Two-dimensional magnetic structures are regarded as a promising material for new types of data storage, since the magnetic properties of individual molecular building blocks can be investigated and modified. For the first time, researchers have now produced a wafer-thin ferrimagnet, in which molecules with different magnetic centers arrange themselves on a gold surface to form a checkerboard pattern. Scientists at the Swiss Nanoscience Institute at the University of Basel and the Paul Scherrer Institute published their findings in the journal Nature Communications.

Ferrimagnets are composed of two centers which are magnetized at different strengths and point in opposing directions. Two-dimensional, quasi-flat ferrimagnets...

All Focus news of the innovation-report >>>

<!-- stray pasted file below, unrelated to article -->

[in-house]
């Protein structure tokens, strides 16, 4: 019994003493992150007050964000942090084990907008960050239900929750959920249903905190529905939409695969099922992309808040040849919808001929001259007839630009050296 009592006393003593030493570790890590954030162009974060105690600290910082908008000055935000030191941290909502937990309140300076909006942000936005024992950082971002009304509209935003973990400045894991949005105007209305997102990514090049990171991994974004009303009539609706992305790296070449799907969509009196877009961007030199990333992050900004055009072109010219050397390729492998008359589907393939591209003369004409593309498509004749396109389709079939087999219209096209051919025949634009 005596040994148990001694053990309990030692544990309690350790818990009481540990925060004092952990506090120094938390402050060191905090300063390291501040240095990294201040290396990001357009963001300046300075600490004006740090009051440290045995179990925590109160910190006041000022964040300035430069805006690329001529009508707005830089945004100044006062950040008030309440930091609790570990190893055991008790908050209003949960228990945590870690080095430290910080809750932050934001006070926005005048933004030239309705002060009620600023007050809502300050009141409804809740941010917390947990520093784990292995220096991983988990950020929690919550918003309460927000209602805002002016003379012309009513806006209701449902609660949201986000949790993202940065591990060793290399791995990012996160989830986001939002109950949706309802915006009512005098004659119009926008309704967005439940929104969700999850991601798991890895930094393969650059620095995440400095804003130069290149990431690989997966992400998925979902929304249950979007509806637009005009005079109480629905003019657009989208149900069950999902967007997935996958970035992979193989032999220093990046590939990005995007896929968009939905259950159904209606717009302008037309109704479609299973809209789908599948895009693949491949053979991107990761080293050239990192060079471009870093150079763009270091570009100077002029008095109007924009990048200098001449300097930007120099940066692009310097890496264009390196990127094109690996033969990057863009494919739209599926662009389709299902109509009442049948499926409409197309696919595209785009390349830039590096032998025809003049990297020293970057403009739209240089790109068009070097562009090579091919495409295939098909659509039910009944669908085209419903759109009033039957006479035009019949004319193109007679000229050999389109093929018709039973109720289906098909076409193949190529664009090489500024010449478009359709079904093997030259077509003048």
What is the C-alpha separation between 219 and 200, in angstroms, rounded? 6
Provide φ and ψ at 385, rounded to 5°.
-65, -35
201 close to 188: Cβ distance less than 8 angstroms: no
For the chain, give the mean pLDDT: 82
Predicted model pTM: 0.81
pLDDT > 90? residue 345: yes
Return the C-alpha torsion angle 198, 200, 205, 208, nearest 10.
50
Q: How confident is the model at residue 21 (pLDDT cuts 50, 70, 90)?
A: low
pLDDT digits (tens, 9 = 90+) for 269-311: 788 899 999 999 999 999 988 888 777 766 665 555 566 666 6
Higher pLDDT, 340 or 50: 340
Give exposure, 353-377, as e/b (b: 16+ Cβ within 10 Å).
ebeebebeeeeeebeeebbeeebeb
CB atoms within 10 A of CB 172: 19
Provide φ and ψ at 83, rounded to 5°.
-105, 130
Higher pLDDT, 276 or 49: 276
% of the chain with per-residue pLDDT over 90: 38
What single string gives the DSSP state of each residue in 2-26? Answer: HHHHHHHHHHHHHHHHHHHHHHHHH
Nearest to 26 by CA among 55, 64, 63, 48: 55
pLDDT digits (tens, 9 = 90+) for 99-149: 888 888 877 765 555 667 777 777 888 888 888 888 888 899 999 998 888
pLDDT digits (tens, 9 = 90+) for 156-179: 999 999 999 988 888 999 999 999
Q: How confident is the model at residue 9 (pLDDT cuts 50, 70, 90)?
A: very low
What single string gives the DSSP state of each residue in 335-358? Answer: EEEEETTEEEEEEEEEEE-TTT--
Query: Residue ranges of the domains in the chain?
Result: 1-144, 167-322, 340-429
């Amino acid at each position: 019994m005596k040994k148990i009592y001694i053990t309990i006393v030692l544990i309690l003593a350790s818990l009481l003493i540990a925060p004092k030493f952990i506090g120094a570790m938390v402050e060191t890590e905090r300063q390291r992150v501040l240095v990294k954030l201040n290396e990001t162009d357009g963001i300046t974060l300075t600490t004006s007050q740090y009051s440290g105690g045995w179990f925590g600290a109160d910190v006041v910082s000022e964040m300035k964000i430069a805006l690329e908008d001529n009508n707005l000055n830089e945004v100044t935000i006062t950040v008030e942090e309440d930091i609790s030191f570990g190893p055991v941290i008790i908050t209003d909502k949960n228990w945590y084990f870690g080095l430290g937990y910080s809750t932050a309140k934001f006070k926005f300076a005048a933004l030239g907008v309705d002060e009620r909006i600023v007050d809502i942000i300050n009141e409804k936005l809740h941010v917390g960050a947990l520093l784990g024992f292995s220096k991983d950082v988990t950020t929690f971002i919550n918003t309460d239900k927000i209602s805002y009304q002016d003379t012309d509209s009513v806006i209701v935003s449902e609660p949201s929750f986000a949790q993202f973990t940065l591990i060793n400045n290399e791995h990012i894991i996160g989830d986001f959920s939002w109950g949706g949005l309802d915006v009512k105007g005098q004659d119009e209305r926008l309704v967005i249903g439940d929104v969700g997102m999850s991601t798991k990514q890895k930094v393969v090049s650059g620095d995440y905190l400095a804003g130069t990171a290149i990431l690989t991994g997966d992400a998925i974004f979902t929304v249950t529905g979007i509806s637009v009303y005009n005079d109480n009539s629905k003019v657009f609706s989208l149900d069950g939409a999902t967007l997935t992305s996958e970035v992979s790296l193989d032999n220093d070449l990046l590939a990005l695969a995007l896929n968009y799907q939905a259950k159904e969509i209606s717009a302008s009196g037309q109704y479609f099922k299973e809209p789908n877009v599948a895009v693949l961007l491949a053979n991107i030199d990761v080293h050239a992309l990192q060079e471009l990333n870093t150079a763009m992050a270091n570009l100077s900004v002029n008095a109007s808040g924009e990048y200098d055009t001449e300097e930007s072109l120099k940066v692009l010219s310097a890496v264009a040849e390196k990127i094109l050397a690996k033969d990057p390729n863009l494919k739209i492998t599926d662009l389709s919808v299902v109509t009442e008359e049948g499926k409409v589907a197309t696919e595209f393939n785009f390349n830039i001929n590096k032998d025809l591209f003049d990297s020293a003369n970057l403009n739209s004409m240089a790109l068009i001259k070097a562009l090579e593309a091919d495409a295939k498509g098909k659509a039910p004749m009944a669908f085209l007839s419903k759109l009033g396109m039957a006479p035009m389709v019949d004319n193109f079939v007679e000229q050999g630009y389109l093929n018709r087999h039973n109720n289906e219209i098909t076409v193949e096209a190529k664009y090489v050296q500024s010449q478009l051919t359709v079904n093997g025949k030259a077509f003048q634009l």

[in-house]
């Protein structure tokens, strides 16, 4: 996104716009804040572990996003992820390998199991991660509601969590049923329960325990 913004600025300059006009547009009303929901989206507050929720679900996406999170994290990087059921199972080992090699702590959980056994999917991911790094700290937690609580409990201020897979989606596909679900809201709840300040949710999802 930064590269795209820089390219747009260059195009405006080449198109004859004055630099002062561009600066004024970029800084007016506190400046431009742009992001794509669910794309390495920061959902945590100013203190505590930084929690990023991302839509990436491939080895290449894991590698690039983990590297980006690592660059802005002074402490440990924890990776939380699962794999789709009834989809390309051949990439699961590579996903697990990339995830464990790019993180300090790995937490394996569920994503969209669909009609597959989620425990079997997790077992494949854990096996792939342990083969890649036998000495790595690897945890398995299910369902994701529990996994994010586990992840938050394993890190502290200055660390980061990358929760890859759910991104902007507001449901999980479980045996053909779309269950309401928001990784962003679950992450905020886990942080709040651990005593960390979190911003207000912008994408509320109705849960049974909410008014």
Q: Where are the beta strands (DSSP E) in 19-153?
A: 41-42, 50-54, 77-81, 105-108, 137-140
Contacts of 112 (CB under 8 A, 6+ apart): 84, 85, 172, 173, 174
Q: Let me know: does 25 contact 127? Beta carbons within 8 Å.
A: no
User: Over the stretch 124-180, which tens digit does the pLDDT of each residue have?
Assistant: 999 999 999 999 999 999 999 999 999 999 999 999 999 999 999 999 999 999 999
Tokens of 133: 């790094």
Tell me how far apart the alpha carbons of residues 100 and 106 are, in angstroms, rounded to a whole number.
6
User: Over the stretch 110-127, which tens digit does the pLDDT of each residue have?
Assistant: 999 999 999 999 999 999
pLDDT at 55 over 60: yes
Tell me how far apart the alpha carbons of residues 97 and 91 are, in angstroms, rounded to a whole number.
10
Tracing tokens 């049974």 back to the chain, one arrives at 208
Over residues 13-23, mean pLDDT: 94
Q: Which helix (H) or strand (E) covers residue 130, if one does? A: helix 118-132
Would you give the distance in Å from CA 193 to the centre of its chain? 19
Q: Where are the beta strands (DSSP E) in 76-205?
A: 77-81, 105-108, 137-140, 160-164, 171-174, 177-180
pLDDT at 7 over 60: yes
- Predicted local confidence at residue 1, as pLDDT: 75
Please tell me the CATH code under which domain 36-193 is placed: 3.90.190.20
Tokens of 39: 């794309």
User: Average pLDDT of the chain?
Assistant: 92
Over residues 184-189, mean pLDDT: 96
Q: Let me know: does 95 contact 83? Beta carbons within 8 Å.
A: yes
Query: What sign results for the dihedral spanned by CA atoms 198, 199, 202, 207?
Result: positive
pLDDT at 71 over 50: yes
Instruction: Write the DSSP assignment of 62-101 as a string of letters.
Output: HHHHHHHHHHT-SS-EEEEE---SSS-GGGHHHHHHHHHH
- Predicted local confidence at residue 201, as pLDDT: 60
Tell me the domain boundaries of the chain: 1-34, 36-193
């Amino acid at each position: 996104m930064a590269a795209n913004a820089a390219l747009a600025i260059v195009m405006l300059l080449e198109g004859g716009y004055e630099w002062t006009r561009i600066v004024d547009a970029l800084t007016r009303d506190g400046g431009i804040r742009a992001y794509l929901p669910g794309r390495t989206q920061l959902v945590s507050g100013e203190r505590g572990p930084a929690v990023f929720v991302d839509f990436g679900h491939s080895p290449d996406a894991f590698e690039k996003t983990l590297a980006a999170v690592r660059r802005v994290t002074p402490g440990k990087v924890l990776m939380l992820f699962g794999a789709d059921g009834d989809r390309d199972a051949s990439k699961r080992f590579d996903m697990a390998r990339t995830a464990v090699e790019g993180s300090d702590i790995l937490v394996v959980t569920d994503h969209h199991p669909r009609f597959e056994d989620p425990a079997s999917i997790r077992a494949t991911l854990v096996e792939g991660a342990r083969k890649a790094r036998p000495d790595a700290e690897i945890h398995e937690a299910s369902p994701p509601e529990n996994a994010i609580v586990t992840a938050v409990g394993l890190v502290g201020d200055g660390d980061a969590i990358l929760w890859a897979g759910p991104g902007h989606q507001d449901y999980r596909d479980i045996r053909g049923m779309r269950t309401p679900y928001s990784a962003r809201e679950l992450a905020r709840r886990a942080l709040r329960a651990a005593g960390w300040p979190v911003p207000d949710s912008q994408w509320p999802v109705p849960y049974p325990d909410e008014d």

Anzeige

Anzeige

Event News

Marine Conservation: IASS Contributes to UN Ocean Conference in New York on 5-9 June

24.05.2017 | Event News

AWK Aachen Machine Tool Colloquium 2017: Internet of Production for Agile Enterprises

23.05.2017 | Event News

Dortmund MST Conference presents Individualized Healthcare Solutions with micro and nanotechnology

22.05.2017 | Event News

 
Latest News

Camera on NASA's Lunar Orbiter survived 2014 meteoroid hit

29.05.2017 | Physics and Astronomy

Strathclyde-led research develops world's highest gain high-power laser amplifier

29.05.2017 | Physics and Astronomy

A 3-D look at the 2015 El Niño

29.05.2017 | Earth Sciences

VideoLinks
B2B-VideoLinks
More VideoLinks >>>